Advanced Search
MyIDEAS: Login to save this article or follow this journal

Automobile Fuel Economy Standards: Impacts, Efficiency, and Alternatives

Contents:

Author Info

  • Soren T. Anderson
  • Ian W. H. Parry
  • James M. Sallee
  • Carolyn Fischer

Abstract

This article discusses automobile fuel economy standards in the United States and other countries. We first describe how these programs affect the automobile market, including impacts on fuel consumption and other dimensions of the vehicle fleet. We then review two different methodologies for assessing the costs of fuel economy programs--engineering and market-based approaches--and discuss what the results of these assessments imply for policy. Next we compare the welfare effects of fuel economy standards and fuel taxes and discuss whether these two types of policies can be complementary. Finally, we review arguments for transitioning away from fuel economy regulations and toward a "feebate" system, a policy approach that imposes fees on vehicles that are fuel inefficient and provides rebates to those that are fuel efficient. Copyright 2011, Oxford University Press.

Download Info

If you experience problems downloading a file, check if you have the proper application to view it first. In case of further problems read the IDEAS help page. Note that these files are not on the IDEAS site. Please be patient as the files may be large.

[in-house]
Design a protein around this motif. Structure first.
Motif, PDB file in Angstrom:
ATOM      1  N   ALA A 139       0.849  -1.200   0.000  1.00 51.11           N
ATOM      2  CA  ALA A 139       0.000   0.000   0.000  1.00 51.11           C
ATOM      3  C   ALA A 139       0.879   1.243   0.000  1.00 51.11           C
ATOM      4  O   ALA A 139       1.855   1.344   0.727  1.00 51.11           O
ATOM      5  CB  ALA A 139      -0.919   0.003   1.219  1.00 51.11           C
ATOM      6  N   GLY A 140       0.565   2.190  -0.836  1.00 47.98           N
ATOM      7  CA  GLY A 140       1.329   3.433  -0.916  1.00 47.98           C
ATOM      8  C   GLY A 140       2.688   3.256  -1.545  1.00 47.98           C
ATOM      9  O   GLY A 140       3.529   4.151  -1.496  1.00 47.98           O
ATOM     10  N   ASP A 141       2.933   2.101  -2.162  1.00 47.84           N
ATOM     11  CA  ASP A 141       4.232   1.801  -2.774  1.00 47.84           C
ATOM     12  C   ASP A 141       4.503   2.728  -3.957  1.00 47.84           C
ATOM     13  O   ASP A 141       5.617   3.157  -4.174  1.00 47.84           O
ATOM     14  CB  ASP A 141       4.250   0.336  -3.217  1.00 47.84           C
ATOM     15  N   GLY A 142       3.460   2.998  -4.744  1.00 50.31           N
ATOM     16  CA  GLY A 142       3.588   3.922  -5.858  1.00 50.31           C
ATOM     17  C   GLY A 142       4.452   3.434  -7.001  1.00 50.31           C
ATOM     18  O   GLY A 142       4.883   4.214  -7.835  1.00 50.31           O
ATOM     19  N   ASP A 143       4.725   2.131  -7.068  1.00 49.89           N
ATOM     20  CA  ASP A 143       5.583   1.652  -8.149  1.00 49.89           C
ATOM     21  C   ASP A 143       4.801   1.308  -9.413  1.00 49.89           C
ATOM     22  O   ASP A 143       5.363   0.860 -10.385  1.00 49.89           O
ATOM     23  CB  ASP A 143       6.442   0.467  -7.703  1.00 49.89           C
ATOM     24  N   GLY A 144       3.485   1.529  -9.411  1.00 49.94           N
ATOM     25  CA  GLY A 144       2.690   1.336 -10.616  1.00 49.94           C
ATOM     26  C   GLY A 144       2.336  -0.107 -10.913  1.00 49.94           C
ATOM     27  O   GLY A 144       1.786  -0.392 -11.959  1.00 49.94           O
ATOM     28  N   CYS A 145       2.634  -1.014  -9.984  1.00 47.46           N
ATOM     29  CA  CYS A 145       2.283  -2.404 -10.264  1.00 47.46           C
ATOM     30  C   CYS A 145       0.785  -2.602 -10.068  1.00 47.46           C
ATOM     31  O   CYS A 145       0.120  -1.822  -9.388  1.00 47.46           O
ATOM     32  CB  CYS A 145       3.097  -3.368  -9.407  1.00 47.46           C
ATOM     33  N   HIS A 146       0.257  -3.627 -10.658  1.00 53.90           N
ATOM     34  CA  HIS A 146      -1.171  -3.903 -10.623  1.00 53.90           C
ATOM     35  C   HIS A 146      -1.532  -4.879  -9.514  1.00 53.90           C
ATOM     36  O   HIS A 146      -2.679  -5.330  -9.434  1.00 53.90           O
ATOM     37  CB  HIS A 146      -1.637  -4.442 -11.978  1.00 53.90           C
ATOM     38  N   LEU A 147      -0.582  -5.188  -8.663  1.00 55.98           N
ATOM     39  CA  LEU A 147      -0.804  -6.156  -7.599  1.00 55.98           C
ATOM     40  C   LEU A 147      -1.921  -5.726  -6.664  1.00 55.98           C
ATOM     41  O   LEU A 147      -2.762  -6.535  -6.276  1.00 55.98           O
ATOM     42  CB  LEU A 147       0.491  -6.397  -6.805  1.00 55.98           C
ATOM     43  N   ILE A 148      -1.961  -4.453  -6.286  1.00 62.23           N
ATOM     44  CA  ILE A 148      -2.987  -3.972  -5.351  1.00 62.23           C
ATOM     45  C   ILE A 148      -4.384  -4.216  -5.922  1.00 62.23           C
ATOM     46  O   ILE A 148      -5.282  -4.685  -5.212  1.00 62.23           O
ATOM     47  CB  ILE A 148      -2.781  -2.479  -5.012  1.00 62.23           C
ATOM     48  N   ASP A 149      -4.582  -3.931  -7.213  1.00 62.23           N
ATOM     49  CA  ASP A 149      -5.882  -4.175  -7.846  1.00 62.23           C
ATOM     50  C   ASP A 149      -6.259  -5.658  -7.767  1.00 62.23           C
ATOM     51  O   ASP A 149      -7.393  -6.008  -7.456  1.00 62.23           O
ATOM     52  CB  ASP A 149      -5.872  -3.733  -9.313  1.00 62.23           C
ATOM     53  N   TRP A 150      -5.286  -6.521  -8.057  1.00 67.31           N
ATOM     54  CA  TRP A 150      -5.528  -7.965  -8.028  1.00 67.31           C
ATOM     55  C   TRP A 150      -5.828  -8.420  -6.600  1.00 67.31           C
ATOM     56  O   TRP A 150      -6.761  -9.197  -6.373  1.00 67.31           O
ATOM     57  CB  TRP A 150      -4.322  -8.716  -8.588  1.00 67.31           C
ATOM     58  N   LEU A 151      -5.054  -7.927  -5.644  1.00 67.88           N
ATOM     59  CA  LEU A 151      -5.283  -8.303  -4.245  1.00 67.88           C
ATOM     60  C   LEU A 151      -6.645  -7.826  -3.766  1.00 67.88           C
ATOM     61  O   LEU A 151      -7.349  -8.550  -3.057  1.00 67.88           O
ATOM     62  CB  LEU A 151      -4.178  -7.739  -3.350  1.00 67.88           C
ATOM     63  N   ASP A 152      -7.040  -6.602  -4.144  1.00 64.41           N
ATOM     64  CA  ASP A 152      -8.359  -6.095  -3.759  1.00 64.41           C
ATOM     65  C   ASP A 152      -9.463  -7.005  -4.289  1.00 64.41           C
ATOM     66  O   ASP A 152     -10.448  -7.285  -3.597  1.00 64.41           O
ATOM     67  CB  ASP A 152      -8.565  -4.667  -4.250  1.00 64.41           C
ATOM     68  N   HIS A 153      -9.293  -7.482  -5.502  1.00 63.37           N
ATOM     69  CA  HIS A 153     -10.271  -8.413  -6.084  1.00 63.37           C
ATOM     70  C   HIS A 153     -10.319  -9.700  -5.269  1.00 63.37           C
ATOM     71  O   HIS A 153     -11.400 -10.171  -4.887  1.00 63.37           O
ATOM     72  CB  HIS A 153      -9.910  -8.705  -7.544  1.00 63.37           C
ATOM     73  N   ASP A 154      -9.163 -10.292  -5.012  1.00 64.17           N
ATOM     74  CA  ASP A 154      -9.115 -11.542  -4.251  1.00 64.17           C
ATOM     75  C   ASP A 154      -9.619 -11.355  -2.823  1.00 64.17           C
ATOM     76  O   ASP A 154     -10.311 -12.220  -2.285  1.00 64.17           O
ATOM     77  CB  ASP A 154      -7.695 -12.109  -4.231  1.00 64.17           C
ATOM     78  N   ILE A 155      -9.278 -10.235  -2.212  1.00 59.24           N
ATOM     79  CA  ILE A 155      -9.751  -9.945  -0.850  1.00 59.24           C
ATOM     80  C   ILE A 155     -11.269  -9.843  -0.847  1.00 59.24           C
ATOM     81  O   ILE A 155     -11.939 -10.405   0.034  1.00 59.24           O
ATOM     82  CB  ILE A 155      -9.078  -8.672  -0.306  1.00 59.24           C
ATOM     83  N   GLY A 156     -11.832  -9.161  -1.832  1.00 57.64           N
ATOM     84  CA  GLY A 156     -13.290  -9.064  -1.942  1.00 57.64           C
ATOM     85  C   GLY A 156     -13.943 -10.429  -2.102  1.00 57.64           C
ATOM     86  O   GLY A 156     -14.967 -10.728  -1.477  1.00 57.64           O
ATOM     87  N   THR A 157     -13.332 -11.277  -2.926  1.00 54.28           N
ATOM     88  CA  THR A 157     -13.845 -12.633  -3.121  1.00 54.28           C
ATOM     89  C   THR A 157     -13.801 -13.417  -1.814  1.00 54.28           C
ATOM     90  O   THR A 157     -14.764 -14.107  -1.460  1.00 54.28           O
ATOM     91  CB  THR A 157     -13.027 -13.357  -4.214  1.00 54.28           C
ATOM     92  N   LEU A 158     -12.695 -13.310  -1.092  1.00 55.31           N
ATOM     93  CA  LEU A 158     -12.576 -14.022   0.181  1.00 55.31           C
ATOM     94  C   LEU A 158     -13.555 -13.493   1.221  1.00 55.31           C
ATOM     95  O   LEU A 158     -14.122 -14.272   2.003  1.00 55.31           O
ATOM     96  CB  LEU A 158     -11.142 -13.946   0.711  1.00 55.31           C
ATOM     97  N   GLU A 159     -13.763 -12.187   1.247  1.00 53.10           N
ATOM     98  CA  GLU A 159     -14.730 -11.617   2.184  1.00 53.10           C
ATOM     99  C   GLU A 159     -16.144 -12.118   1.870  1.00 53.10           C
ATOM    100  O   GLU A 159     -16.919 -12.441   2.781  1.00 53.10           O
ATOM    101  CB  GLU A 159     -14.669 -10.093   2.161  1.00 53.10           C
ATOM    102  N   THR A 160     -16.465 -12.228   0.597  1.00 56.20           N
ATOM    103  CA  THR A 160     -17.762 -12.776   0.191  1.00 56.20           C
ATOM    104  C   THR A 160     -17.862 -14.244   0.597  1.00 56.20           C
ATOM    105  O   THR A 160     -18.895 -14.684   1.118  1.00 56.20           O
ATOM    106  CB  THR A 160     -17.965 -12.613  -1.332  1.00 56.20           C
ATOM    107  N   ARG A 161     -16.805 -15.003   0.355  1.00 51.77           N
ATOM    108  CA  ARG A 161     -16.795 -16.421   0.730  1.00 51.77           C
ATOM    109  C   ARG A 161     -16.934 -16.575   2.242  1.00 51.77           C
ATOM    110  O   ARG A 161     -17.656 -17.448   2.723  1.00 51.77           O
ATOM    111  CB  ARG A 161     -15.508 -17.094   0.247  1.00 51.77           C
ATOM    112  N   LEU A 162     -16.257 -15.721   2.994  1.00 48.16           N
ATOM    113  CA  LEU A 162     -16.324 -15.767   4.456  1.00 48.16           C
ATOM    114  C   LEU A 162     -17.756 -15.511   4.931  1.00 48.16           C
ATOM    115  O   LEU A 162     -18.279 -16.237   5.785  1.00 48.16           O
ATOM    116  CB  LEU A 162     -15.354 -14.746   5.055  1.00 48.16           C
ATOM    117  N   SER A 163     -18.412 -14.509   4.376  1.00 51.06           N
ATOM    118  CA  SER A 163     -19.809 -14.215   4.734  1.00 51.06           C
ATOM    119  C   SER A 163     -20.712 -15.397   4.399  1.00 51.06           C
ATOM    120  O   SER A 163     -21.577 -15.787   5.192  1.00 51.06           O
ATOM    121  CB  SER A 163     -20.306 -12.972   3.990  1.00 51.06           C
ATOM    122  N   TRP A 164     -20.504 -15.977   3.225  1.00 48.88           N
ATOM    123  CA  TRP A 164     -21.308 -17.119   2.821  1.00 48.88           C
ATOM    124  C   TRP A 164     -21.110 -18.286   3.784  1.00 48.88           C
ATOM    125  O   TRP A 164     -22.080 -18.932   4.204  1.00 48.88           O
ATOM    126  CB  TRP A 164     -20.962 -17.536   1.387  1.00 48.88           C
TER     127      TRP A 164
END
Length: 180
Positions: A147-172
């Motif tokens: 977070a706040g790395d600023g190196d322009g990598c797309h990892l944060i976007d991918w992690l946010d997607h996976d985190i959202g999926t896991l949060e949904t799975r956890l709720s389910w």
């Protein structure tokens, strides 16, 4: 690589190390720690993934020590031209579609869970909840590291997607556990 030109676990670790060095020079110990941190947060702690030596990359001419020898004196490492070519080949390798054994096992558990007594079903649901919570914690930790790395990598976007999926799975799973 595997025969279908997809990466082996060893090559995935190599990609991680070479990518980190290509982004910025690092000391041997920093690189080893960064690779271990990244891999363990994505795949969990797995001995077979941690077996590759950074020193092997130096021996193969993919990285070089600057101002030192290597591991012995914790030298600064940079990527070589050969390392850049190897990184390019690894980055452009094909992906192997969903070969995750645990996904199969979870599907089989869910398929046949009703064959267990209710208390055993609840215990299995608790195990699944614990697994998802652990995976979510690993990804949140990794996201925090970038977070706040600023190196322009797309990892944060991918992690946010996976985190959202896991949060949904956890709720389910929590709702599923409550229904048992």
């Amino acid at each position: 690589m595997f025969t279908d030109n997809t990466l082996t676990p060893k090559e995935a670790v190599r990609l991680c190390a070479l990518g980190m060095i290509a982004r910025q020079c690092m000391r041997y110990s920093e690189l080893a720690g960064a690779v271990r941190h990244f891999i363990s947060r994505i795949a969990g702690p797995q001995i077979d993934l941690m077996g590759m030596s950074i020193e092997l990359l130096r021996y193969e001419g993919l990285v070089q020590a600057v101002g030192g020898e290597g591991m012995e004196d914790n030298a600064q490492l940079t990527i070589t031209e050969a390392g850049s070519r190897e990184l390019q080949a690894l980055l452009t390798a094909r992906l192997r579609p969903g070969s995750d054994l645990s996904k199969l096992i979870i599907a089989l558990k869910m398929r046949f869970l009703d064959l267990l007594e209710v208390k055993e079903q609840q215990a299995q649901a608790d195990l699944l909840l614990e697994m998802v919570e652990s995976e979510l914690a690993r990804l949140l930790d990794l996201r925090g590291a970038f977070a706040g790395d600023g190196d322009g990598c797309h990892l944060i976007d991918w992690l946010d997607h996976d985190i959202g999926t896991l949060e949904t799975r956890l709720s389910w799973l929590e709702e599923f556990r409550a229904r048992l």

File URL: http://hdl.handle.net/10.1093/reep/req021
Download Restriction: Access to full text is restricted to subscribers.

As the access to this document is restricted, you may want to look for a different version under "Related research" (further below) or search for a different version of it.

Bibliographic Info

Article provided by Association of Environmental and Resource Economists in its journal Review of Environmental Economics and Policy.

Volume (Year): 5 (2011)
Issue (Month): 1 (Winter)
Pages: 89-108

as in new window
Handle: RePEc:oup:renvpo:v:5:y:2011:i:1:p:89-108

Contact details of provider:
Postal: Oxford University Press, Great Clarendon Street, Oxford OX2 6DP, UK
Fax: 01865 267 985
Email:
Web page: http://reep.oxfordjournals.org/
More information through EDIRC

Order Information:
Web: http://www.oup.co.uk/journals

Related research

Keywords:

Other versions of this item:

Find related papers by JEL classification:

References

References listed on IDEAS
Please report citation or reference errors to , or , if you are the registered author of the cited work, log in to your RePEc Author Service profile, click on "citations" and make appropriate adjustments.:
as in new window
  1. Soren T. Anderson & James M. Sallee, 2009. "Using Loopholes to Reveal the Marginal Cost of Regulation: The Case of Fuel-Economy Standards," Working Papers, Harris School of Public Policy Studies, University of Chicago 0901, Harris School of Public Policy Studies, University of Chicago.
  2. Tol, Richard S. J., 2008. "The Economic Impact of Climate Change," Papers, Economic and Social Research Institute (ESRI) WP255, Economic and Social Research Institute (ESRI).
  3. Fischer, Carolyn, 2005. "On the importance of the supply side in demand-side management," Energy Economics, Elsevier, Elsevier, vol. 27(1), pages 165-180, January.